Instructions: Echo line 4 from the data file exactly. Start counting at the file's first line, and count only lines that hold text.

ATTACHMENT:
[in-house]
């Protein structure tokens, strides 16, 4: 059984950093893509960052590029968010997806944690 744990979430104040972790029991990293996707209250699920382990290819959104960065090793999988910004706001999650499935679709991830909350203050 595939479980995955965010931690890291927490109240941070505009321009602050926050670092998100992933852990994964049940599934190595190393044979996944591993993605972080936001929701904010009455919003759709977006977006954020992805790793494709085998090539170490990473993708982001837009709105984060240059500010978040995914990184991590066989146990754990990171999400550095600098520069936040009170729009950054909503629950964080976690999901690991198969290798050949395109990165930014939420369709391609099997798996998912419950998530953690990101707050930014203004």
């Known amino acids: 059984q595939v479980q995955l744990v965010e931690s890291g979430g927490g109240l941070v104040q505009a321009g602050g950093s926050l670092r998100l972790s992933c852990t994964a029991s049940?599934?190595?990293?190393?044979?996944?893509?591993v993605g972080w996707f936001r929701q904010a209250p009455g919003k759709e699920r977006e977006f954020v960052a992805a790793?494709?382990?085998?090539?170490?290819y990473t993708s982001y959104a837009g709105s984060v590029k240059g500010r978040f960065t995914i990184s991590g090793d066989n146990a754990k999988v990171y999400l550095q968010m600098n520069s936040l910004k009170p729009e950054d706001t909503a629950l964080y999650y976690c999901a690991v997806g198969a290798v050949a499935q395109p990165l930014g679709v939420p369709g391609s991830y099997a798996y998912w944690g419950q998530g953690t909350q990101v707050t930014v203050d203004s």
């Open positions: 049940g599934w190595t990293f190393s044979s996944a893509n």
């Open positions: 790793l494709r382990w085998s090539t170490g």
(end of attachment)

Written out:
């Open positions: 049940g599934w190595t990293f190393s044979s996944a893509n």